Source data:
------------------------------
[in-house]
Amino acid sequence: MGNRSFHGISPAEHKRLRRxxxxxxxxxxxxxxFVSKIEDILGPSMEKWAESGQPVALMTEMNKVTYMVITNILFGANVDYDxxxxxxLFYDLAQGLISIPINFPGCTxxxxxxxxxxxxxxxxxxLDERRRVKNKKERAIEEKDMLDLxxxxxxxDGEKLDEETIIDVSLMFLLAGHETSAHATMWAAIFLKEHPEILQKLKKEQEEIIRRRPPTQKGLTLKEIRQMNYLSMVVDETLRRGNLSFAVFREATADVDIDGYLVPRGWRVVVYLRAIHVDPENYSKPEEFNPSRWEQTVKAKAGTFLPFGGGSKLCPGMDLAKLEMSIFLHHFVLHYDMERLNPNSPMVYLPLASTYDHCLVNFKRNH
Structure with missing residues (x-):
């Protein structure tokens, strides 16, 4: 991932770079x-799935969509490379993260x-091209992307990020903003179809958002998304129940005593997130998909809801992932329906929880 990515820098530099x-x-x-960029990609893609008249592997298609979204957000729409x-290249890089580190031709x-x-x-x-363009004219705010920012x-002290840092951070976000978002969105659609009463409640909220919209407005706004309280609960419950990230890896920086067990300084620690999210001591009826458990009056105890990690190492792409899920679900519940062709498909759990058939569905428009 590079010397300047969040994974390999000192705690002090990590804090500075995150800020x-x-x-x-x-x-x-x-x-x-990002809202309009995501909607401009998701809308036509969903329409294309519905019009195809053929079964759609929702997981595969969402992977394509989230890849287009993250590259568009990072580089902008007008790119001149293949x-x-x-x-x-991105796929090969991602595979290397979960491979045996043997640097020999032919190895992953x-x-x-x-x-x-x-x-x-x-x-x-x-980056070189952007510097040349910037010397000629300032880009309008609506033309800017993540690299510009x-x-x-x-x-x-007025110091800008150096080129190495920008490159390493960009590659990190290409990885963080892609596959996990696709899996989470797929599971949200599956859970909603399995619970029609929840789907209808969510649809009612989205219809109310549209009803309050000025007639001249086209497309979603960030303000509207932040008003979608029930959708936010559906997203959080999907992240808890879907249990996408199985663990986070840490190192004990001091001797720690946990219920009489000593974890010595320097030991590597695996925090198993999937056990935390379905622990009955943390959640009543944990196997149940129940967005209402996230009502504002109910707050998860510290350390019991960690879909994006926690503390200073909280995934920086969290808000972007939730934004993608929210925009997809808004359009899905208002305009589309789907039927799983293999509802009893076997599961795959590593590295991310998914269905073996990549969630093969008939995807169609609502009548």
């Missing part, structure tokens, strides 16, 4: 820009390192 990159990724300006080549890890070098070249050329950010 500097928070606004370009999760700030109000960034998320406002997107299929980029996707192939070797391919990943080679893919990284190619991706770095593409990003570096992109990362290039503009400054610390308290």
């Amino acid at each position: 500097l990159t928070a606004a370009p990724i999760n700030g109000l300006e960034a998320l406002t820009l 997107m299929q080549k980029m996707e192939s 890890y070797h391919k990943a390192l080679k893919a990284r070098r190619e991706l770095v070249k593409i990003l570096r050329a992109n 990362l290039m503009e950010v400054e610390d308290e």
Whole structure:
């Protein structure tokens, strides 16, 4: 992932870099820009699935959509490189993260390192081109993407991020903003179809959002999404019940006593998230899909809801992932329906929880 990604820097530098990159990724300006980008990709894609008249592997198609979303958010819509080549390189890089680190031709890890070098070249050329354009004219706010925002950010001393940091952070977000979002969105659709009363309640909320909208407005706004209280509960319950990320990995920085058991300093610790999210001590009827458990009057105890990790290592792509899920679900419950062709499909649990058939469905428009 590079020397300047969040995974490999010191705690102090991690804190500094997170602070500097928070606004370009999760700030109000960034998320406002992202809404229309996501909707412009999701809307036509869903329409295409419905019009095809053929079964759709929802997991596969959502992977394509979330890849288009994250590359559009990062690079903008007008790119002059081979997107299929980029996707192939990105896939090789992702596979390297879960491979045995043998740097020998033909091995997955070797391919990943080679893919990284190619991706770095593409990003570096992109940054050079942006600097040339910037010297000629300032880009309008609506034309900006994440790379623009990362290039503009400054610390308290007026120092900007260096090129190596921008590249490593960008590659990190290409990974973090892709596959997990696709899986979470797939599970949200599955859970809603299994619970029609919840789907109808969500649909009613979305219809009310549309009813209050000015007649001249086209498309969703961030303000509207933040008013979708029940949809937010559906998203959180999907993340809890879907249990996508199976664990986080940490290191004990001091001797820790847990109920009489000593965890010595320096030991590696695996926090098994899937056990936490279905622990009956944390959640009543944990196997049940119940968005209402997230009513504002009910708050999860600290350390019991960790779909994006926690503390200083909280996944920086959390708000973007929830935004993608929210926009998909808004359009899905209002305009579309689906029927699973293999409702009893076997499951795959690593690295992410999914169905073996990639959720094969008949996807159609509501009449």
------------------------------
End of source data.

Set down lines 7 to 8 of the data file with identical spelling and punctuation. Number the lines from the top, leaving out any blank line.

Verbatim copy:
Whole structure:
């Protein structure tokens, strides 16, 4: 992932870099820009699935959509490189993260390192081109993407991020903003179809959002999404019940006593998230899909809801992932329906929880 990604820097530098990159990724300006980008990709894609008249592997198609979303958010819509080549390189890089680190031709890890070098070249050329354009004219706010925002950010001393940091952070977000979002969105659709009363309640909320909208407005706004209280509960319950990320990995920085058991300093610790999210001590009827458990009057105890990790290592792509899920679900419950062709499909649990058939469905428009 590079020397300047969040995974490999010191705690102090991690804190500094997170602070500097928070606004370009999760700030109000960034998320406002992202809404229309996501909707412009999701809307036509869903329409295409419905019009095809053929079964759709929802997991596969959502992977394509979330890849288009994250590359559009990062690079903008007008790119002059081979997107299929980029996707192939990105896939090789992702596979390297879960491979045995043998740097020998033909091995997955070797391919990943080679893919990284190619991706770095593409990003570096992109940054050079942006600097040339910037010297000629300032880009309008609506034309900006994440790379623009990362290039503009400054610390308290007026120092900007260096090129190596921008590249490593960008590659990190290409990974973090892709596959997990696709899986979470797939599970949200599955859970809603299994619970029609919840789907109808969500649909009613979305219809009310549309009813209050000015007649001249086209498309969703961030303000509207933040008013979708029940949809937010559906998203959180999907993340809890879907249990996508199976664990986080940490290191004990001091001797820790847990109920009489000593965890010595320096030991590696695996926090098994899937056990936490279905622990009956944390959640009543944990196997049940119940968005209402997230009513504002009910708050999860600290350390019991960790779909994006926690503390200083909280996944920086959390708000973007929830935004993608929210926009998909808004359009899905209002305009579309689906029927699973293999409702009893076997499951795959690593690295992410999914169905073996990639959720094969008949996807159609509501009449």